A Walk by Etobicoke Creek: September 2020

On this day, I walked north along Etobicoke Creek from Marie Curtis Park

On October 15, 1954, the most famous hurricane in Canadian history struck Southern Ontario. Hurricane Hazel was projected to dissipate, but instead re-intensified unexpectedly and rapidly, pounding the Toronto region with winds that reached 110 kilometres per hour (68 mph) and 285 millimetres (11.23 inches) of rain in 48 hours.

The front page of the Oct. 21 1954 Lakeshore Advertiser featuring post-Hurricane Hazel coverage.

The Etobicoke Creek area was one of the worst hit. 81people died in the Toronto area. Seeing the docile creek as it was today, it is difficult to believe.

Some botany:

Jerusalem Artichoke (Helianthus tuberosus)
Jerusalem Artichoke (Helianthus tuberosus)
Jerusalem Artichoke (Helianthus tuberosus)
Zigzag Goldenrod (Solidago flexicaulis)
Thin-leaved Coneflower (Rudbeckia triloba)
Thin-leaved Coneflower (Rudbeckia triloba)
Thin-leaved Coneflower (Rudbeckia triloba)
Black-eyed Susan (Rudbeckia hirta)
Pale-leaved Sunflower (Helianthus decapetalus)
Chicory (Cichorium intybus)
Bittersweet Nightshade (Solanum dulcamara)
Pale Jewelweed (Impatiens pallida)
Pale Jewelweed (Impatiens pallida)
Pale Jewelweed (Impatiens pallida)
Doll’s-eyes (Actaea pachypoda)
Stinging Nettle (Urtica dioica)
Purple-flowering Raspberry (Rubus odoratus)
Jack-in-the-pulpit (Arisaema triphyllum)
Hog-peanut (Amphicarpaea bracteata)
Multiflora Rose (Rosa multiflora)
Calico Aster (Symphyotrichum lateriflorum)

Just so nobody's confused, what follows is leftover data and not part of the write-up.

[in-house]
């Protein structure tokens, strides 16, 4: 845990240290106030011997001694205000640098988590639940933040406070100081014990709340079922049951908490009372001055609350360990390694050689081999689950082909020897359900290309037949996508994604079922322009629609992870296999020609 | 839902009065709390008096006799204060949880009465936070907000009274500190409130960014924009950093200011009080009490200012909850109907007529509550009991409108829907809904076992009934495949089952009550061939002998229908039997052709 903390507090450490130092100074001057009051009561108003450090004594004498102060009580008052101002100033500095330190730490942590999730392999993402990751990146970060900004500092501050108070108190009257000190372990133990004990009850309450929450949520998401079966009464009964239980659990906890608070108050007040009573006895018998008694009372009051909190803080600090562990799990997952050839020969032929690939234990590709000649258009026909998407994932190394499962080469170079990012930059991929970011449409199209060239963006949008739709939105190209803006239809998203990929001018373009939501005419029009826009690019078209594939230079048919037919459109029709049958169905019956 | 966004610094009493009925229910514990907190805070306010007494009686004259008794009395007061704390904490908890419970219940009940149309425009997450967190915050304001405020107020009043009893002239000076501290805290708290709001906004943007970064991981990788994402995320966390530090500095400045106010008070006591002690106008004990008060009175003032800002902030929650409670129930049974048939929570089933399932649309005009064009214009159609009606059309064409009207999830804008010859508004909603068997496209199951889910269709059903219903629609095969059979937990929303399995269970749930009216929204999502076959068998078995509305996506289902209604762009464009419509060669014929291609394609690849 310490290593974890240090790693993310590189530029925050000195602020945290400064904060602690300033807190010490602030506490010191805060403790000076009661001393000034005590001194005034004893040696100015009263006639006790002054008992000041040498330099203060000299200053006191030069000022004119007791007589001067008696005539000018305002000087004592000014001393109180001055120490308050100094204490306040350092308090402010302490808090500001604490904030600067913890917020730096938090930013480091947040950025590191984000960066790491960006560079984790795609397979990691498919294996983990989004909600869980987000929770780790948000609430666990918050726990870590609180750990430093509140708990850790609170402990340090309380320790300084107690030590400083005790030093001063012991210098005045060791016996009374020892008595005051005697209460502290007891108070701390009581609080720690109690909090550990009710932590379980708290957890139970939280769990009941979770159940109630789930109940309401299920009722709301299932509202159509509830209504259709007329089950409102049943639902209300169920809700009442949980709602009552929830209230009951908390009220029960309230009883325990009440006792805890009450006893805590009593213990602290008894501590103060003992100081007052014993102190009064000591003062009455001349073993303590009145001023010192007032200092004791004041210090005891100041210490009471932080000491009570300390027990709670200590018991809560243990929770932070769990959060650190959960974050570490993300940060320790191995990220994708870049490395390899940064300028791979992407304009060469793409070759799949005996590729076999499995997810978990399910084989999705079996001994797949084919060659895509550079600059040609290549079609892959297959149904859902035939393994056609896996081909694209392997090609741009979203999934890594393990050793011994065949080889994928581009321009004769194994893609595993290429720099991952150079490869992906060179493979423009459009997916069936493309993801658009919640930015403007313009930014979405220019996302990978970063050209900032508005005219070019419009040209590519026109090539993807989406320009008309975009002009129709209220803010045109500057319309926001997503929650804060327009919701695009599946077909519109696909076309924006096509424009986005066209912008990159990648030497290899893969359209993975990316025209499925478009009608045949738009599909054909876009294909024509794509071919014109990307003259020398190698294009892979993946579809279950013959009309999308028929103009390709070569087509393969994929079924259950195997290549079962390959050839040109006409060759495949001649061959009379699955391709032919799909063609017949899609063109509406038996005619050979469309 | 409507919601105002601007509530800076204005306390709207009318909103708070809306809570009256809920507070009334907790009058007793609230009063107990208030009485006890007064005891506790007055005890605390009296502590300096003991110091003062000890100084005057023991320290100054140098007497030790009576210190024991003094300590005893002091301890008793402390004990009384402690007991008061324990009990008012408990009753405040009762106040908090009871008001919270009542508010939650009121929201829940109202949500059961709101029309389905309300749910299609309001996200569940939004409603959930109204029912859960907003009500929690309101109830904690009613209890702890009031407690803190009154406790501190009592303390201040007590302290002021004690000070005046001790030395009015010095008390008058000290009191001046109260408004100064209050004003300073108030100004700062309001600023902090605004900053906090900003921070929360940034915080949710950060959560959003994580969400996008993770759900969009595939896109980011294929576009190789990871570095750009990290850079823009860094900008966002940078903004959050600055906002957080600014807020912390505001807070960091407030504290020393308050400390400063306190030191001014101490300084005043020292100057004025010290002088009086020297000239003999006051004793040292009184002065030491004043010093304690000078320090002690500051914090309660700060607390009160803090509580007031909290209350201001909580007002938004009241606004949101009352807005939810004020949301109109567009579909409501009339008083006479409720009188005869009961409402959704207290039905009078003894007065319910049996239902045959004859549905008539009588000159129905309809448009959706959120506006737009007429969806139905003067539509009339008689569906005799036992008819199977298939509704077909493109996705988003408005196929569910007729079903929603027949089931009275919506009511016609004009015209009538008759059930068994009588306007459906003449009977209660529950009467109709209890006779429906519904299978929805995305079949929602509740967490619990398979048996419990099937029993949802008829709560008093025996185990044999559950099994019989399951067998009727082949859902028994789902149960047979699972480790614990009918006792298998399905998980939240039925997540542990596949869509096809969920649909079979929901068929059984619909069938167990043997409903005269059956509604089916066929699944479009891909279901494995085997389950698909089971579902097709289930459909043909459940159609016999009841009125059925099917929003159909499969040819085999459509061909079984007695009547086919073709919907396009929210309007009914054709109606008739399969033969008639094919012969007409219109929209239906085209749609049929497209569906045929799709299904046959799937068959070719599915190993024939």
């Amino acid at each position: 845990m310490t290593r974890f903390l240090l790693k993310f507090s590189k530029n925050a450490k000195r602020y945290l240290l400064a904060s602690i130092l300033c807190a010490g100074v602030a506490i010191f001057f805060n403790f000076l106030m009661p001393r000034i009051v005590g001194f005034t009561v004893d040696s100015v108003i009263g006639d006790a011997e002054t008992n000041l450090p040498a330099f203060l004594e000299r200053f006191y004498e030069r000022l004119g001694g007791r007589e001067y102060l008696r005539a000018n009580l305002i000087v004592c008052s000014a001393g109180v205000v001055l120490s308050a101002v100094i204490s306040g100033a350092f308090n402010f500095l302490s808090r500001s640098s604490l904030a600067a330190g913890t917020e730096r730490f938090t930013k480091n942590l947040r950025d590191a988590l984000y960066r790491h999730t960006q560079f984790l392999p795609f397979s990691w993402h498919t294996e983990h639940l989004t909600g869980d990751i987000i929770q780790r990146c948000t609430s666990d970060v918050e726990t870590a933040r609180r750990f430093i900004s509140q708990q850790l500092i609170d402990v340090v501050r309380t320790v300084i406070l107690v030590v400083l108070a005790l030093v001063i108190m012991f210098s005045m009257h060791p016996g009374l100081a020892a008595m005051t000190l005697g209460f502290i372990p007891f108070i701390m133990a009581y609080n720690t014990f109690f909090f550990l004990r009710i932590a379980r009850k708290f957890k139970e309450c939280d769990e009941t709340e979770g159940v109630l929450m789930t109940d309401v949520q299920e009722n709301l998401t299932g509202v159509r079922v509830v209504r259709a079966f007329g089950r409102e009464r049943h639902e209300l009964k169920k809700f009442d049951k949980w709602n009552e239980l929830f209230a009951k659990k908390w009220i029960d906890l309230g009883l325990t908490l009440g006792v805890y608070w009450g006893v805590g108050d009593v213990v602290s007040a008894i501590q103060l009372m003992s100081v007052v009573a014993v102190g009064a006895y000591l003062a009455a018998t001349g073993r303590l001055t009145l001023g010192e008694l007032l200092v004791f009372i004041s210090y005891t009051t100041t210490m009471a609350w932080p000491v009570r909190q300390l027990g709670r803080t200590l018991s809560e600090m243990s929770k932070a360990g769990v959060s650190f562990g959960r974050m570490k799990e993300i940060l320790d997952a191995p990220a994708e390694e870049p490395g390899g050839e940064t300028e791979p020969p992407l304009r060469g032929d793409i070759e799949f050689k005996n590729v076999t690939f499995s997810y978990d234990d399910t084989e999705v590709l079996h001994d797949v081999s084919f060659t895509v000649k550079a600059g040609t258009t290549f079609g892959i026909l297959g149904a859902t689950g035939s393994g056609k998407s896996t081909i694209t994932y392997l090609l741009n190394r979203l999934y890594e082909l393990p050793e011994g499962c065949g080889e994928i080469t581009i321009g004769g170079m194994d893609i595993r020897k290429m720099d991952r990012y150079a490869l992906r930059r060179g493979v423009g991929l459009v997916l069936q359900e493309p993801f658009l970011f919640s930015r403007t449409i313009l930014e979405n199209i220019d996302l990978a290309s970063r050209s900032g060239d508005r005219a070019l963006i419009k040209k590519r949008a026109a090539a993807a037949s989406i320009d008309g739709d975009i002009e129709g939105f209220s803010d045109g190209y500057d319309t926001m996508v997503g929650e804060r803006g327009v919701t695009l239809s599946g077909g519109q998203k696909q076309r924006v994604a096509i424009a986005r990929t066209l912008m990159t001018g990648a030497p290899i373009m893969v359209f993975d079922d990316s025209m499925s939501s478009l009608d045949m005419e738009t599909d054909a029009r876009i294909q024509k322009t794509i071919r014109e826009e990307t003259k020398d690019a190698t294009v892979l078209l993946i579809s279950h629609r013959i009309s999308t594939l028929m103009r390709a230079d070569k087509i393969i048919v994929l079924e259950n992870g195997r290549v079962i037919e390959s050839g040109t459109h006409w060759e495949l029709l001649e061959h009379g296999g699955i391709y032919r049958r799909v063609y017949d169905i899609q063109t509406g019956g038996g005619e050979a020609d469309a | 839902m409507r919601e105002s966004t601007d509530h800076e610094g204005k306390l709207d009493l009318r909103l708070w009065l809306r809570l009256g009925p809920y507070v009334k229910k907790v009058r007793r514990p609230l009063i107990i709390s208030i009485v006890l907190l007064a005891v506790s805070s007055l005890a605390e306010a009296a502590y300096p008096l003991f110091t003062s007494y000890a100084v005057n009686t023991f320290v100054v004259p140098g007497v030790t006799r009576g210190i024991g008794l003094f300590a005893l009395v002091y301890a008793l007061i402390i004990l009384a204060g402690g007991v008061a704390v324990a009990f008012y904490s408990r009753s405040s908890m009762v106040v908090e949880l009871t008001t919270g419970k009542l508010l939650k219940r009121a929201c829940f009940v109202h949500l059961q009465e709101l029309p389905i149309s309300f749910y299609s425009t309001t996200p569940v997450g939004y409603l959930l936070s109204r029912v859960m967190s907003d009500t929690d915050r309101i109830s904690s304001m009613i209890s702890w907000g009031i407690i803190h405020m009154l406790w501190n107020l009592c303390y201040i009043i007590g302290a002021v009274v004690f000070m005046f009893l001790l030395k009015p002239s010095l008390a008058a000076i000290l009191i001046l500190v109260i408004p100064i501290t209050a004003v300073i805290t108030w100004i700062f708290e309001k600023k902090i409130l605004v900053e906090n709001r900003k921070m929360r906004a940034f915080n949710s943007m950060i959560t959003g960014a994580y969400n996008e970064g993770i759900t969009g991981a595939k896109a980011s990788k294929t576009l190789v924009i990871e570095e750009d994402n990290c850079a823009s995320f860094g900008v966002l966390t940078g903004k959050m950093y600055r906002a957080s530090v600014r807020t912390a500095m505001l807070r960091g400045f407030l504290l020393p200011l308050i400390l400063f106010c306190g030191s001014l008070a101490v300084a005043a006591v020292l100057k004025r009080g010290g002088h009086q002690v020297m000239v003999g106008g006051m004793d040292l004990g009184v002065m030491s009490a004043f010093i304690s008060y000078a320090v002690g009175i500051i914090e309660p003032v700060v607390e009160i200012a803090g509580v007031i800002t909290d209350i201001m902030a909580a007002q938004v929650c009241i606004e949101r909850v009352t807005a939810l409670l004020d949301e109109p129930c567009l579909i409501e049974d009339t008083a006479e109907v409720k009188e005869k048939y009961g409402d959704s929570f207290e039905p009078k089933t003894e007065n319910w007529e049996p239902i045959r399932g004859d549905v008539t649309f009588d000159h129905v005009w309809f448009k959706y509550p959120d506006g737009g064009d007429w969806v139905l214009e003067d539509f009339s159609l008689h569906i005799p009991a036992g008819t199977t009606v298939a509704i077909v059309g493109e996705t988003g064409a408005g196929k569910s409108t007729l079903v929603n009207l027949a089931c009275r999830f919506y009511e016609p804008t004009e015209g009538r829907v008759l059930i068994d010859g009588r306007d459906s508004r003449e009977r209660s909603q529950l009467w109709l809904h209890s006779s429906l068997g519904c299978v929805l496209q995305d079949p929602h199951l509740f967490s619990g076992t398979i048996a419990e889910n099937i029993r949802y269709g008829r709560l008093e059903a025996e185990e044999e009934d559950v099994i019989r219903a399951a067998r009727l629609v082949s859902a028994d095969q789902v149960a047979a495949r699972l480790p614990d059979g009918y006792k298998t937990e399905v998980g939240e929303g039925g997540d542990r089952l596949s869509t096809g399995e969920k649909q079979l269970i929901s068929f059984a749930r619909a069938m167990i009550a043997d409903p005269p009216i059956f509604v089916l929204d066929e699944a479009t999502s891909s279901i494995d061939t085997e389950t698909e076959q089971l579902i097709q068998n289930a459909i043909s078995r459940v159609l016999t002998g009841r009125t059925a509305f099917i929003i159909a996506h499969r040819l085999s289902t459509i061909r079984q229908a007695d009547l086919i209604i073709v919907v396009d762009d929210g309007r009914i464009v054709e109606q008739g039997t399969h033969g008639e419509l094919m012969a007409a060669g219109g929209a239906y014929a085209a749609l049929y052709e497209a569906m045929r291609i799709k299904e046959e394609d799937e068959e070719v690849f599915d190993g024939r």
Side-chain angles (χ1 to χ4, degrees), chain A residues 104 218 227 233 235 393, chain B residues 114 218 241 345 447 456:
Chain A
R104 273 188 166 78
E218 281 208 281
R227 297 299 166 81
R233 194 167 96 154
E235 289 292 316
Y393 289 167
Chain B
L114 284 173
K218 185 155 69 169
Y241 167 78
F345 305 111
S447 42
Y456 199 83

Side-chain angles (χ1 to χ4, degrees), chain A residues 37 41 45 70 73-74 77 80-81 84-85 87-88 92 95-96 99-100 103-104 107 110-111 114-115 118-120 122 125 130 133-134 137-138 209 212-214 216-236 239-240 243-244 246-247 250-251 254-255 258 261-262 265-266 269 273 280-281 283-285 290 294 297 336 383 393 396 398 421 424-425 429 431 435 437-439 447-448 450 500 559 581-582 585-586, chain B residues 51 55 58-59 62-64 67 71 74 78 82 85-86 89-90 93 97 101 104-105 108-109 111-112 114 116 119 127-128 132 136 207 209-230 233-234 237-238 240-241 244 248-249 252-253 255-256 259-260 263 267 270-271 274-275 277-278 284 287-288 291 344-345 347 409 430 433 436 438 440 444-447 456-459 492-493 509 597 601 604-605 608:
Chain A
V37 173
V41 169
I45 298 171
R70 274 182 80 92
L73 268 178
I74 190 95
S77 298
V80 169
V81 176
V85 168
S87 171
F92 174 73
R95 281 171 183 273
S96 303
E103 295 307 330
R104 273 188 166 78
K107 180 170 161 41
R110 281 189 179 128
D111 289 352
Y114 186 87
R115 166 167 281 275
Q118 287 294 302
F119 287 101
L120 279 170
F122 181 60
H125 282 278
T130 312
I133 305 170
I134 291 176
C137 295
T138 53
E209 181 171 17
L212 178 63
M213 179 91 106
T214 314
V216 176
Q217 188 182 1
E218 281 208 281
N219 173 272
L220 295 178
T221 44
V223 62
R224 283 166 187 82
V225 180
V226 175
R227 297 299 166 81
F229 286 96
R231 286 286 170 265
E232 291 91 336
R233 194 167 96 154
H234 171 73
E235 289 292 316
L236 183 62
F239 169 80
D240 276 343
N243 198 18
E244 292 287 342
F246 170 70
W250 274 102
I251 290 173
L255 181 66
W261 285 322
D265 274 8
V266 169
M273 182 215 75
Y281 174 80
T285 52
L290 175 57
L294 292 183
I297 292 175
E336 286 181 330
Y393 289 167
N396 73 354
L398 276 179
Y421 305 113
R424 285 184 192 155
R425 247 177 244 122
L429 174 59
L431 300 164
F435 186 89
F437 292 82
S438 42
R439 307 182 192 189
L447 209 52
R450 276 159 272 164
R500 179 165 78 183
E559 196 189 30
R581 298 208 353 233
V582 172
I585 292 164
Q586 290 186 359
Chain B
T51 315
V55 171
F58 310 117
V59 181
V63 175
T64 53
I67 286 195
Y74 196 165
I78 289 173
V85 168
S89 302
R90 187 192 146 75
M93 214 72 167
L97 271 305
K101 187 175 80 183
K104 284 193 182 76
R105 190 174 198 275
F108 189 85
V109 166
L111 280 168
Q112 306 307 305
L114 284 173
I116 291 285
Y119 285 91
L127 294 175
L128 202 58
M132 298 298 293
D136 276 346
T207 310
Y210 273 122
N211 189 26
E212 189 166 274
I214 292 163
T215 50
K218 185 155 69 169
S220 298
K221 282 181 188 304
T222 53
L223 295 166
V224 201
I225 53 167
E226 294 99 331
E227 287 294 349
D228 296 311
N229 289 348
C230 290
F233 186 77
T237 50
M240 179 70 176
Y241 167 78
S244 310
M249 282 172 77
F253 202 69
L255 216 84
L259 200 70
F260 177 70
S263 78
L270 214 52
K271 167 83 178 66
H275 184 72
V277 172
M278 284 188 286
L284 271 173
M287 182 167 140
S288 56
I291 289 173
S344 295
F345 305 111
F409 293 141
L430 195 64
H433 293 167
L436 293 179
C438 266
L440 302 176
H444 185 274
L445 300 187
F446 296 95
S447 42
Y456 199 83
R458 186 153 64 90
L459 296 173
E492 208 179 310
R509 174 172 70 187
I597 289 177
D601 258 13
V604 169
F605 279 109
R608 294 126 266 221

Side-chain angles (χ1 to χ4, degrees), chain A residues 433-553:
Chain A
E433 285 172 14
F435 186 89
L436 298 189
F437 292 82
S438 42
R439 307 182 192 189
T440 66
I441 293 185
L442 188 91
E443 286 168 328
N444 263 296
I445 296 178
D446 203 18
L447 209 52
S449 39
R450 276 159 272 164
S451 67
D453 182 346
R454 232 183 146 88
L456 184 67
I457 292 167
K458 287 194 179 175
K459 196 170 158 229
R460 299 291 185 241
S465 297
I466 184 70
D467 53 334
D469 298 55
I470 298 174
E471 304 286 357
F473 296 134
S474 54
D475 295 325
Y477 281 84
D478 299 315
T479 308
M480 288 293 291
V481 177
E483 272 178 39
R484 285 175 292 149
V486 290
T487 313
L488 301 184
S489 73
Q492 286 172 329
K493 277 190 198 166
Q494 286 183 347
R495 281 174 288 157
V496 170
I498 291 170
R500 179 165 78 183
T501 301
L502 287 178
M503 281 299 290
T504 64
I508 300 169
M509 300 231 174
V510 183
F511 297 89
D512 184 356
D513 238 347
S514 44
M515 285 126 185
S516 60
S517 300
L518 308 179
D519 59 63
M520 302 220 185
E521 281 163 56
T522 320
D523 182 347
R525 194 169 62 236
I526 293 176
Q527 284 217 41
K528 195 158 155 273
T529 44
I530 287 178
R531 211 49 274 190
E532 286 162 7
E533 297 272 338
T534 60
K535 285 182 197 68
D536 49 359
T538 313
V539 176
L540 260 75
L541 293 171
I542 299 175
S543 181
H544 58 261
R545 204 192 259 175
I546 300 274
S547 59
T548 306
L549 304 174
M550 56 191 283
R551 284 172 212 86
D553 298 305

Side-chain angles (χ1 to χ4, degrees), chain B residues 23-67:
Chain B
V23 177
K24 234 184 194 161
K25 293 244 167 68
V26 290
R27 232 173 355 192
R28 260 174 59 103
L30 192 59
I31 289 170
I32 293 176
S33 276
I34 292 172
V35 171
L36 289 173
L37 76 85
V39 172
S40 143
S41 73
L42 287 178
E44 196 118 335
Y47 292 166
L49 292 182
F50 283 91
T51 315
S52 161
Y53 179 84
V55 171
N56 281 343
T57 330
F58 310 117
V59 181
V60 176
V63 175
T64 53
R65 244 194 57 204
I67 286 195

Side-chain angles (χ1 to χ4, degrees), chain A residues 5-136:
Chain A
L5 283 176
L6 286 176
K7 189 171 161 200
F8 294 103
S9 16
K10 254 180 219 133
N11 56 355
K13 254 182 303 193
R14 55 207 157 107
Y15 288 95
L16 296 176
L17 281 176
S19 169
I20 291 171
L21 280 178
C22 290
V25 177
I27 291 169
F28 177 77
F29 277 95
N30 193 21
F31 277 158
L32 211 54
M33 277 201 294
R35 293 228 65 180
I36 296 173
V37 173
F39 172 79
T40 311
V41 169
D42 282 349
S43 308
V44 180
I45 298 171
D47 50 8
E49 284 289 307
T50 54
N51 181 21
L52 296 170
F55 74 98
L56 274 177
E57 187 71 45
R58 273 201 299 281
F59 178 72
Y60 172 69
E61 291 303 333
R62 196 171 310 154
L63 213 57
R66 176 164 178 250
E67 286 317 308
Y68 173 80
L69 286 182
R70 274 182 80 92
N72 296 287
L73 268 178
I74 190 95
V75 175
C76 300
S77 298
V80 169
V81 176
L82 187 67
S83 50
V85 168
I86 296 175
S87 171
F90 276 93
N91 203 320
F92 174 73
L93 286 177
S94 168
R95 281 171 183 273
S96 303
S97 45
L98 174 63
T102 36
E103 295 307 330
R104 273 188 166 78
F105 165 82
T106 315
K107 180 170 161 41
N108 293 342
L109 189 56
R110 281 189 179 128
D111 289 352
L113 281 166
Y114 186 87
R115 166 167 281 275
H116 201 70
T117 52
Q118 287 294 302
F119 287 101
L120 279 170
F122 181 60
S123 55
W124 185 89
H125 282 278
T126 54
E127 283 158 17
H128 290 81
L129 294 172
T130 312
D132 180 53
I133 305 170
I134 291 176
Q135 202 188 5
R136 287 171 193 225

Calico Aster (Symphyotrichum lateriflorum)
Giant Ragweed (Ambrosia trifida)
Pinkweed (Persicaria pensylvanica)
Beggar-ticks (Bidens frondosa)
Prickly Lettuce (Lactuca serriola)
Cabbage White Butterfly on Goldenrod
Spiny-leaved Sow Thistle (Sonchus asper)
Hedge Bindweed (Calystegia sepium)
New England Aster (Symphyotrichum novae-angliae)
Cocklebur (Xanthium strumarium)
Purple Loosestrife (Lythrum salicaria)
Himalayan Balsam (Impatiens grandulifera)

It was a surprise to find these in the woods having probably spread from a nearby garden.

Orange Chinese Lantern Plant
Orange Chinese Lantern Plant


And the living is easy
Fish are jumpin’
And the cotton is high.                       – George Gershwin (1898—1937) 

Miles Hearn

2 thoughts on “A Walk by Etobicoke Creek: September 2020

  1. Lisa Volkov

    Thanks for this great “trip”. (I also enjoyed seeing the dogs!) What a horror Hurricane Hazel was–such a loss of life! Terrible. Thanks for including that material. What happened served notice relating to the importance of retaining (uninhabited) ravines to absorb water.
    Thanks, Miles!

  2. rosemarie fischer

    Thank you Miles for the beautiful photos. Some of those look like orchids…..so beautiful. About huricane Hazel, my in-laws lived close by on Melrose Street, they told us how bad it was. No-one got hurt,but it was devastating….a lot of property damage. Thanks again…..Rosemarie Fischer


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